Even so, it is still early to commemorate. There may indeed have been a consistent regeneration of the natural vegetation in ten years, according to agronomist Francisco Kronka, from the Forestry Institute, one of the coordinators of the inventory. But the increase in plant cover in the state is not due only to the expansion of the areas of the original forest. The use of images from the Landsat 5 and 7 satellites and of photographs taken from planes flying close to the ground has made possible a level of detail at least three times greater than in the previous inventory, carried out at the beginning of the 90’s.

Accordingly, it has been possible to identify stretches of vegetation that were imperceptible before, of up to 4 hectares, in particular those that are in a process of regeneration. Another important point: the increase is an average and represents what has happened overall to the plant cover in São Paulo a mosaic made up of dense forests interspersed with mangrove swamps by the seashore, while on the vast plateau that extends over the hinterland only fragments of vegetation are resisting, with a few twisted trees and some rare compact blocks of forest. The scenario is another one when one assesses each kind of vegetation separately: some have shrunk, drastically, even, and others have managed to recover part of the ground lost in the last few decades.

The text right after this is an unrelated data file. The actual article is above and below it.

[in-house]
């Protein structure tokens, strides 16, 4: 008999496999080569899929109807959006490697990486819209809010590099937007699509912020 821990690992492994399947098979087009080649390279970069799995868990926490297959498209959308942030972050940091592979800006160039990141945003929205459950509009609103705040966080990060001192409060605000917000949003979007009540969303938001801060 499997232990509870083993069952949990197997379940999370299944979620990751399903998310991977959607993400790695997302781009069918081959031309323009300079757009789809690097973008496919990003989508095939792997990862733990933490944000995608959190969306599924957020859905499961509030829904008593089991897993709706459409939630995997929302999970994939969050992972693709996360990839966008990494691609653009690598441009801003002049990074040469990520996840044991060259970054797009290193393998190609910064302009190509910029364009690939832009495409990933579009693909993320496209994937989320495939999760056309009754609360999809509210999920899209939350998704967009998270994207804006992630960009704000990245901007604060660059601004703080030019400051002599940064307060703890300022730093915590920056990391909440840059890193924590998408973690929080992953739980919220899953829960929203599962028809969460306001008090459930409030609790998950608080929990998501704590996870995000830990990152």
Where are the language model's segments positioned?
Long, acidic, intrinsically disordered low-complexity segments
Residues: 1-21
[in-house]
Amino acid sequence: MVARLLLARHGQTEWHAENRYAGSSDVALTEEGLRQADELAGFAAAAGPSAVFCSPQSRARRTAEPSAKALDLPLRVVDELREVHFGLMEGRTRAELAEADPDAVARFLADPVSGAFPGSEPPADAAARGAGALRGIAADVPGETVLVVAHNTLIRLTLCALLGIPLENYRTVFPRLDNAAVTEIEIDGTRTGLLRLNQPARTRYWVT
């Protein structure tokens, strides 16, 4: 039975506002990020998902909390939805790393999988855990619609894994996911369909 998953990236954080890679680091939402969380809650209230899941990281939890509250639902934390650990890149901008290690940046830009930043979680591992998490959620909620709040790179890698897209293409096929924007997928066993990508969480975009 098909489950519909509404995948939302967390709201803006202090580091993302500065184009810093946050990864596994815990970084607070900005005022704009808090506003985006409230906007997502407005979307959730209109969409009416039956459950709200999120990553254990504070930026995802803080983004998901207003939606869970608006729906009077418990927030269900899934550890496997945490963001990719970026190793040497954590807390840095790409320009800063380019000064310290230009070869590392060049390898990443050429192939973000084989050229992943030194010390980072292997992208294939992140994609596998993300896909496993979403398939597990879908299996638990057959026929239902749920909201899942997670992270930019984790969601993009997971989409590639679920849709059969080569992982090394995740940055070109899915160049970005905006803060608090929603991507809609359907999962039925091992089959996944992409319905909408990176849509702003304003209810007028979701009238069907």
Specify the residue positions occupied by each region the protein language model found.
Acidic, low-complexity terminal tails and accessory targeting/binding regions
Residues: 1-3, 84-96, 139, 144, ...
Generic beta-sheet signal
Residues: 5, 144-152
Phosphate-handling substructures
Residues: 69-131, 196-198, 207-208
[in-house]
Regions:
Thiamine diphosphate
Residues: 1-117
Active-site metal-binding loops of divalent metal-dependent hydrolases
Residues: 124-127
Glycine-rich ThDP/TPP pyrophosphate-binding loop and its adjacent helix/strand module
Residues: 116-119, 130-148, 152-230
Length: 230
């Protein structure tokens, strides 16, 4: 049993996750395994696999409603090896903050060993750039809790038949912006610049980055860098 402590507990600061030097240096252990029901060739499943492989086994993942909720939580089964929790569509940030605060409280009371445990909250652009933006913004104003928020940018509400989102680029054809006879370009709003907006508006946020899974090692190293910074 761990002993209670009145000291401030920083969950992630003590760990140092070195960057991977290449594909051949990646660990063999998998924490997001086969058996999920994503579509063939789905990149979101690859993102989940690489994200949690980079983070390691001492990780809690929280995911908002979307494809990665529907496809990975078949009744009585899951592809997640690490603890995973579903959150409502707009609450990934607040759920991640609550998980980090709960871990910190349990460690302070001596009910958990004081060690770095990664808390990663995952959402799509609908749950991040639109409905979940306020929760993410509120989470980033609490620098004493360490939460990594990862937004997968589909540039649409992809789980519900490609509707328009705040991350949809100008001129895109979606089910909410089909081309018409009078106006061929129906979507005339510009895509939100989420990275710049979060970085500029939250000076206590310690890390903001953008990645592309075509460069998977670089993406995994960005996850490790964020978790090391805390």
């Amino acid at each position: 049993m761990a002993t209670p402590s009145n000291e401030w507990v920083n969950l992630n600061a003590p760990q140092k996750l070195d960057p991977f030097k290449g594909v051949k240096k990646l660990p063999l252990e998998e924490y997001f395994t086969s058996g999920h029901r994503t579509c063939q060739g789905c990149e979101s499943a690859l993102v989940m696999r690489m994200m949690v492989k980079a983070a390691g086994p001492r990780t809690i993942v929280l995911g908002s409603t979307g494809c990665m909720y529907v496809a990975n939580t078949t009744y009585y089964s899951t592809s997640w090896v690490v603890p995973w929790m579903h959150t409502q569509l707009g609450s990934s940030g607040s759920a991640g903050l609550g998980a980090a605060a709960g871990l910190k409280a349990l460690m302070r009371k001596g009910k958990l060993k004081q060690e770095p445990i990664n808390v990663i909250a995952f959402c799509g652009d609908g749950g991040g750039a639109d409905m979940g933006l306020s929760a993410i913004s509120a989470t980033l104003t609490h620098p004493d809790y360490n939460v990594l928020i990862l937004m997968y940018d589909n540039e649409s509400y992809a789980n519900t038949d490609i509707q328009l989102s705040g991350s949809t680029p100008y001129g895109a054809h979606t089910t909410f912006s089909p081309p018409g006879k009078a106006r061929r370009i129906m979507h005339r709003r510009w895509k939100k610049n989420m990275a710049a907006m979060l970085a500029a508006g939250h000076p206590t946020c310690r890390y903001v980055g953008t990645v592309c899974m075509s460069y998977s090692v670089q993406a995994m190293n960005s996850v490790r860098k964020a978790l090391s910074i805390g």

Gains and losses
First, the good news. The most extensive ecosystem in São Paulo, the Atlantic Rain Forest, a dense and evergreen vegetation, has increased 2.86%, which corresponds to 808 square kilometers. The Atlantic Rain Forest has started growing again mainly in the Paraíba river valley, to the east, with a gain of 27% over the previous decade, and over almost all the coastline, with 12.3% more. It is difficult to determine precisely the causes of this growth. In the first place, the team from the Forestry Institute attributed it to the population becoming aware of the need to preserve the environment, which is added to two other more tangible factors: the stricter environmental legislation, and the adoption of measures against deforestation. Kronka regards as effective initiatives like the Atlantic Rain Forest Preservation Project (PPMA), a partnership between the State Secretariat for the Environment and the German bank KfW (Kreditanstalt für Wiederaufbau).

The PPMA, in which US$ 30 million has now been invested, above all in monitoring and in the consolidation of conservation units, covers an area of 22,000 square kilometers of natural vegetation in 72 municipalities on the coast and in the Paraíba and Ribeira Valleys, precisely where the recovery of the natural vegetation has been more noteworthy. But to the north and northeast of the state, the same land covered by Mamede da Rocha at the beginning of last century, the situation is desolating and aggravates a situation that was already no good at all. “The regions that have least natural vegetation are those that are losing most”, says Kronka, who shares the authorship of the inventory with João Batista Baitello and Marco Nalon, from the Forestry Institute, Hilton Thadeu Zaratte do Couto, from the Luiz de Queiroz College of Agriculture, of the University of São Paulo (USP), and Carlos Alfredo Joly, from the State University of Campinas (Unicamp).